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National Republican Party

NATIONAL REPUBLICAN PARTY

NATIONAL REPUBLICAN PARTY, an outcome of the controversy surrounding the election of 1824. When none of the presidential candidates in 1824 won a majority in the electoral college, the election was thrown into the House of Representatives to select a winner. Although Andrew Jackson had won a plurality of the popular vote, John Quincy Adams won election in the House on the first ballot. Jackson's supporters protested the results, claiming that a corrupt bargain had been struck between Adams and a third candidate, Henry Clay. Adams had indeed owed his election in part to the fact that Clay had instructed his supporters in the House to vote for Adams. The charge that a "corrupt bargain" had taken place gained credence when Adams selected Clay to serve in the cabinet as secretary of state. The controversy divided the Jeffersonian Republicans so severely that they devolved into two parties, one supporting the Adams-Clay faction and the other supporting the Jackson faction. The Adams party eventually became known as the National Republicans and the Jackson party assumed the name Democratic-Republicans. In 1834 the National Republican Party was absorbed by the new and larger Whig Party, and Democratic-Republicans took on the name Democrats.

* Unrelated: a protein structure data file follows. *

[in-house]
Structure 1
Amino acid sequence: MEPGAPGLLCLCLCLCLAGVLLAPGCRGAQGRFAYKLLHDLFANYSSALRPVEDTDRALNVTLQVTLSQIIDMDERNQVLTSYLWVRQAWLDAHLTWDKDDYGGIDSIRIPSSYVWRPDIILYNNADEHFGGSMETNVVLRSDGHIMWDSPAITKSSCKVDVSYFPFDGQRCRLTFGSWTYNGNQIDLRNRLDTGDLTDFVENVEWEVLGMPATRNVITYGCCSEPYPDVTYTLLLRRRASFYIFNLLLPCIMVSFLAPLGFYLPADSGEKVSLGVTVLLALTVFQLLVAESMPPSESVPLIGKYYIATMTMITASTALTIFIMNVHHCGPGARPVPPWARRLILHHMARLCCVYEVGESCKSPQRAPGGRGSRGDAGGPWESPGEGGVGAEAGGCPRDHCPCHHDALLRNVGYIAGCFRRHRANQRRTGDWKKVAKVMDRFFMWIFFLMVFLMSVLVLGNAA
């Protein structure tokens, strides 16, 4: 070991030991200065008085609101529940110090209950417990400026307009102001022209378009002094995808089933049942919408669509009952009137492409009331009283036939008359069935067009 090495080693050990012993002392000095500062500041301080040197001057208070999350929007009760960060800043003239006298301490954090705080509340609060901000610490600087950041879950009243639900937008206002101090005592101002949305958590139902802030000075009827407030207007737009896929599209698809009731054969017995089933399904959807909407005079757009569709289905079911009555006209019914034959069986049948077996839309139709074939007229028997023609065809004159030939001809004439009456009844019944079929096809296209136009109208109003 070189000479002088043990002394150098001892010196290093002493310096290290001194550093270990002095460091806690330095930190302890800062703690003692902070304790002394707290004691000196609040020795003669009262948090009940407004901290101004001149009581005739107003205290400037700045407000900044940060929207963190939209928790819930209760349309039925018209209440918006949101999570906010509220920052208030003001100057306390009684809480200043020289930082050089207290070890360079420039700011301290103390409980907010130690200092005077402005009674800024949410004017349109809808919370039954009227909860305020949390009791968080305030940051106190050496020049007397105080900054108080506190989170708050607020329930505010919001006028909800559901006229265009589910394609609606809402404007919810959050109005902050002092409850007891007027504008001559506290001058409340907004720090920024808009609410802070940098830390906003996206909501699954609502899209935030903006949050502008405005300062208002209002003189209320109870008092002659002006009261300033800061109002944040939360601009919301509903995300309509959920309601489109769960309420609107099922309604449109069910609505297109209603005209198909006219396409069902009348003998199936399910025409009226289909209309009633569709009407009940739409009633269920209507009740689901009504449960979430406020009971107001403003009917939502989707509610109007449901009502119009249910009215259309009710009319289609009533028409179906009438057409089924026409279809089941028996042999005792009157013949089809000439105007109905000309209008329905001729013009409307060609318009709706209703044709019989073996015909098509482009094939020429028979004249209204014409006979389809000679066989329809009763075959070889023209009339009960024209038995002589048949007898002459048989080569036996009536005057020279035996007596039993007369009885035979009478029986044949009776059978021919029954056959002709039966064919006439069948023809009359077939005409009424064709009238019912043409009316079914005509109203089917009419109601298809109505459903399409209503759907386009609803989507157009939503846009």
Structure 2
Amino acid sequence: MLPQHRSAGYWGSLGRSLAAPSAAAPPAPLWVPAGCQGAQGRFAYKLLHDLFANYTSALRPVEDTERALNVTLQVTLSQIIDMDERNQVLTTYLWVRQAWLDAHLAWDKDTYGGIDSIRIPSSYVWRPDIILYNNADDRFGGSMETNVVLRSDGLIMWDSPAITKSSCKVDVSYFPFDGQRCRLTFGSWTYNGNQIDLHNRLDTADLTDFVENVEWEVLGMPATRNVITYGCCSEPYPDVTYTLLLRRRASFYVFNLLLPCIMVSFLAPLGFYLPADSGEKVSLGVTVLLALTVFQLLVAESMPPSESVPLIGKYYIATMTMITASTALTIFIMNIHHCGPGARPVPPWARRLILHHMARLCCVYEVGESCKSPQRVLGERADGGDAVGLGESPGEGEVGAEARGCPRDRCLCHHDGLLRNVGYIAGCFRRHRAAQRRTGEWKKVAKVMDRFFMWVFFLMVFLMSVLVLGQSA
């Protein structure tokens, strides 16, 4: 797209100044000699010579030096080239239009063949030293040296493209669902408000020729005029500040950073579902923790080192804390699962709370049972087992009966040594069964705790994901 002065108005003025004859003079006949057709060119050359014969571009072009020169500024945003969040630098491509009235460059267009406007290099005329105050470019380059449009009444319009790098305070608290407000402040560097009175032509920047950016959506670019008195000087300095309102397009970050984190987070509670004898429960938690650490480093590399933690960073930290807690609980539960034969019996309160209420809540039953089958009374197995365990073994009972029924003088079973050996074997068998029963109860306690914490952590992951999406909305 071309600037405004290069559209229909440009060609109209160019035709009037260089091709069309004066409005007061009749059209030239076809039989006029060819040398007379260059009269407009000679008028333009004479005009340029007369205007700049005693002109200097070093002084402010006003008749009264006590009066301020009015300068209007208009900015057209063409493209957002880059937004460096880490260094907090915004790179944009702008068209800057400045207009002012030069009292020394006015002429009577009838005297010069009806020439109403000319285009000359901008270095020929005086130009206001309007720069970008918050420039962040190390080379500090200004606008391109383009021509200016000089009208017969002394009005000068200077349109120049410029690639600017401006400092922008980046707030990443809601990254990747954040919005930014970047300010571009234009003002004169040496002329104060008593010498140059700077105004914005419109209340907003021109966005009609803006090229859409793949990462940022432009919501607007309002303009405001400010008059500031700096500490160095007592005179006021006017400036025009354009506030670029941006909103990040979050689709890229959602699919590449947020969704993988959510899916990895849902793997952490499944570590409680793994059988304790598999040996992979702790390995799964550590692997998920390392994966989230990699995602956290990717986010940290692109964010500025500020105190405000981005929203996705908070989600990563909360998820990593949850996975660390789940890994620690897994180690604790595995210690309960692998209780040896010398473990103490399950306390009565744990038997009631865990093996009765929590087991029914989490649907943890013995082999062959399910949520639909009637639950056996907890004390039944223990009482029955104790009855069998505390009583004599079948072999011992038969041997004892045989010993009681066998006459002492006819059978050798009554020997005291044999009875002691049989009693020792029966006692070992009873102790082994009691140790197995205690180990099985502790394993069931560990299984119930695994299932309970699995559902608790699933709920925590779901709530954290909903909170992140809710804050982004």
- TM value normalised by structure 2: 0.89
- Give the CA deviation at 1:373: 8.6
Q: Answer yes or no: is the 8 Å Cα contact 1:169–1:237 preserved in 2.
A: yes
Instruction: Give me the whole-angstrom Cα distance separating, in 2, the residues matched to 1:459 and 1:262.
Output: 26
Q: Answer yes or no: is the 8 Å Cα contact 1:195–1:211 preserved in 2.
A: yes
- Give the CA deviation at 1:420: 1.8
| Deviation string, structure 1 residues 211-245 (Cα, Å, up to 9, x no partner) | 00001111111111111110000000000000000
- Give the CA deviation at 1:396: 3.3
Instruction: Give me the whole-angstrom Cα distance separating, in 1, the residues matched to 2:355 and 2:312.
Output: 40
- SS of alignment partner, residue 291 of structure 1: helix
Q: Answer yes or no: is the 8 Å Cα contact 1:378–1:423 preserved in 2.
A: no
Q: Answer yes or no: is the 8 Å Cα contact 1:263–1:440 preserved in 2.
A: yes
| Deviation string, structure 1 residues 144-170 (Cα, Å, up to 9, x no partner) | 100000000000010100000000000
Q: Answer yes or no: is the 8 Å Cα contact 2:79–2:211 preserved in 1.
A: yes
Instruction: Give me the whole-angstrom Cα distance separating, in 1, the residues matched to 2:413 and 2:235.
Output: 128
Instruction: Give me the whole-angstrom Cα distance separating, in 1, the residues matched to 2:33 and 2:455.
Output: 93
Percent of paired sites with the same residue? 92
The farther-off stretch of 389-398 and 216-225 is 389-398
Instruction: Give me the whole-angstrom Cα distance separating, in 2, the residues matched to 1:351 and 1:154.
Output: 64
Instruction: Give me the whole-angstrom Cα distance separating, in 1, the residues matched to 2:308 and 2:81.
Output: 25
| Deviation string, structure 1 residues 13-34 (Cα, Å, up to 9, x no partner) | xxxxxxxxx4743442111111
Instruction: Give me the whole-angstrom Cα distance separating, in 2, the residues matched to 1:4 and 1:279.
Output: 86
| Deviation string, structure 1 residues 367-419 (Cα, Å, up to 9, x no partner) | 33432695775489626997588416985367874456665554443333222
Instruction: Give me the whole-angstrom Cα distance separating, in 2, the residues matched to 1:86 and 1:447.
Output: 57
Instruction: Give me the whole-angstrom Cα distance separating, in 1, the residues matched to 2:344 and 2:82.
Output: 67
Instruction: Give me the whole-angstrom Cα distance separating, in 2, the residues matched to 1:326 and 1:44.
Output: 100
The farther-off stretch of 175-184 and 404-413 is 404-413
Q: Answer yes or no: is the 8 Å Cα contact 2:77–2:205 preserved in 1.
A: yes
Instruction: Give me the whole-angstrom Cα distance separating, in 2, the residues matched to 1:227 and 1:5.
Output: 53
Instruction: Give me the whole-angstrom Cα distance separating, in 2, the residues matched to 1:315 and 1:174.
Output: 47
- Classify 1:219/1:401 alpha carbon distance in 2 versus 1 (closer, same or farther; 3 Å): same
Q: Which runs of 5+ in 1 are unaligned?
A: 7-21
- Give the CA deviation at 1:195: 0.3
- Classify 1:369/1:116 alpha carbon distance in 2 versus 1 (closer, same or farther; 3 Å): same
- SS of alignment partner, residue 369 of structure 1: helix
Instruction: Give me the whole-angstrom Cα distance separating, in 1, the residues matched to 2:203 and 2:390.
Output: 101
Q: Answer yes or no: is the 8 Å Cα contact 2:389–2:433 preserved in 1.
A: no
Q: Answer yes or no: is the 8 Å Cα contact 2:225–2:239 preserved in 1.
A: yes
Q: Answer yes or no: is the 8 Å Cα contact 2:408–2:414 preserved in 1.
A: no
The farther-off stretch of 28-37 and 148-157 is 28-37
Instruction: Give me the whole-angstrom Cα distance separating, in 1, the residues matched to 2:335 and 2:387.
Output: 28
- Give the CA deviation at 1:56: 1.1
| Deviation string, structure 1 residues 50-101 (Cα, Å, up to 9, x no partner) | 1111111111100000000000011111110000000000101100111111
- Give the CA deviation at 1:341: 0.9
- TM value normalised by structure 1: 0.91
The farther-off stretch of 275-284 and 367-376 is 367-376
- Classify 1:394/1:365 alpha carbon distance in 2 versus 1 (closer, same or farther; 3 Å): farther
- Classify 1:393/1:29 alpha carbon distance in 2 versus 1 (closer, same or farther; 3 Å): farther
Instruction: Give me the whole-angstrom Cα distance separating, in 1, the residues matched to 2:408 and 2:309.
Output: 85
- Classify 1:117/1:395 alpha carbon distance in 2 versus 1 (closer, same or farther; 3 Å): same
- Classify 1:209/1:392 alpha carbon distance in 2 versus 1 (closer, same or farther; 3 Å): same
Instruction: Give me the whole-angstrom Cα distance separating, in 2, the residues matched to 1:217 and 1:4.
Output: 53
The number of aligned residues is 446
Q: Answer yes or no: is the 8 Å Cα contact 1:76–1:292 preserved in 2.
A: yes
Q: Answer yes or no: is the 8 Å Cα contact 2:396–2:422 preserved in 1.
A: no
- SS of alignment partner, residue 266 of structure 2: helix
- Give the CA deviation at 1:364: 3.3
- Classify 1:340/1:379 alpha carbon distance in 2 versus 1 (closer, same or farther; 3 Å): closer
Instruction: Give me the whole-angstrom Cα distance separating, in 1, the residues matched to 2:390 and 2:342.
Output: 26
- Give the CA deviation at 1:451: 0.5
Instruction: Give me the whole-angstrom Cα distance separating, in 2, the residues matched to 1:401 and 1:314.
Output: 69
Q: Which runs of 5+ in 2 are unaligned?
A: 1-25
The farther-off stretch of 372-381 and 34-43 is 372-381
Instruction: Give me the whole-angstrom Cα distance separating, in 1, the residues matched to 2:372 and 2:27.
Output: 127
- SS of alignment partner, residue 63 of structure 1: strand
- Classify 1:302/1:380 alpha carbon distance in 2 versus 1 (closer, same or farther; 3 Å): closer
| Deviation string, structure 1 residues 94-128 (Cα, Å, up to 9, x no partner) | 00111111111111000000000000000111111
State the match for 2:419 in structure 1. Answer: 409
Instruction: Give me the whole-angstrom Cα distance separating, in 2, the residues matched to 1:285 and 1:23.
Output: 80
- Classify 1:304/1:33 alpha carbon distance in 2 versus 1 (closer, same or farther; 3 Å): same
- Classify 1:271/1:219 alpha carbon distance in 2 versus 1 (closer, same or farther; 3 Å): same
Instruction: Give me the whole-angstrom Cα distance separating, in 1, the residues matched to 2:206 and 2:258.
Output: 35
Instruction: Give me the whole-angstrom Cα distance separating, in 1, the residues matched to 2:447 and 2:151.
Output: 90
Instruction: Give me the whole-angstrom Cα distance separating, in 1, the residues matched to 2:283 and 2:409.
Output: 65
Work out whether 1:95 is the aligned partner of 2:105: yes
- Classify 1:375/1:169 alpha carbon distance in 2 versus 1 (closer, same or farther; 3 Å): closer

BIBLIOGRAPHY

Hargreaves, Mary. The Presidency of John Quincy Adams. Lawrence: University Press of Kansas, 1985.

Watson, Harry L. Liberty and Power: The Politics of Jacksonian America. New York: Hill and Wang, 1990.

William O.Lynch/a. g.

See alsoCorrupt Bargain ; Democratic Party ; Elections: Presidential .

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National Republican party

National Republican party, in U.S. history, a short-lived political party opposed to Andrew Jackson. In the election of 1828, which Jackson won overwhelmingly, some of the supporters of his opponent, President John Quincy Adams, called themselves National Republicans. It was under this name that, following the lead of the Anti-Masonic party, they held a national nominating convention at Baltimore in Dec., 1831, and chose Henry Clay to oppose Jackson in the 1832 election. The adherents of the National Republican party constituted a mixture of industrialists, business leaders, farmers, laborers, and mechanics, who believed in Clay's program of high tariffs, internal improvements, and a national bank. The main issue of the campaign was Jackson's veto of the second Bank of the United States. Clay was badly beaten, and by 1836 the National Republicans had combined with other groups opposed to Jackson to form the Whig party.

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National Republican Party

National Republican Party US political party, formed after the election of Andrew Jackson as president (1828). Staunchly opposed to Jackson, the party supported the Bank of the United States, a protective tariff and internal improvements. Daniel Webster and Henry Clay were dedicated leaders of the party. By 1836 it had become the Whigs.

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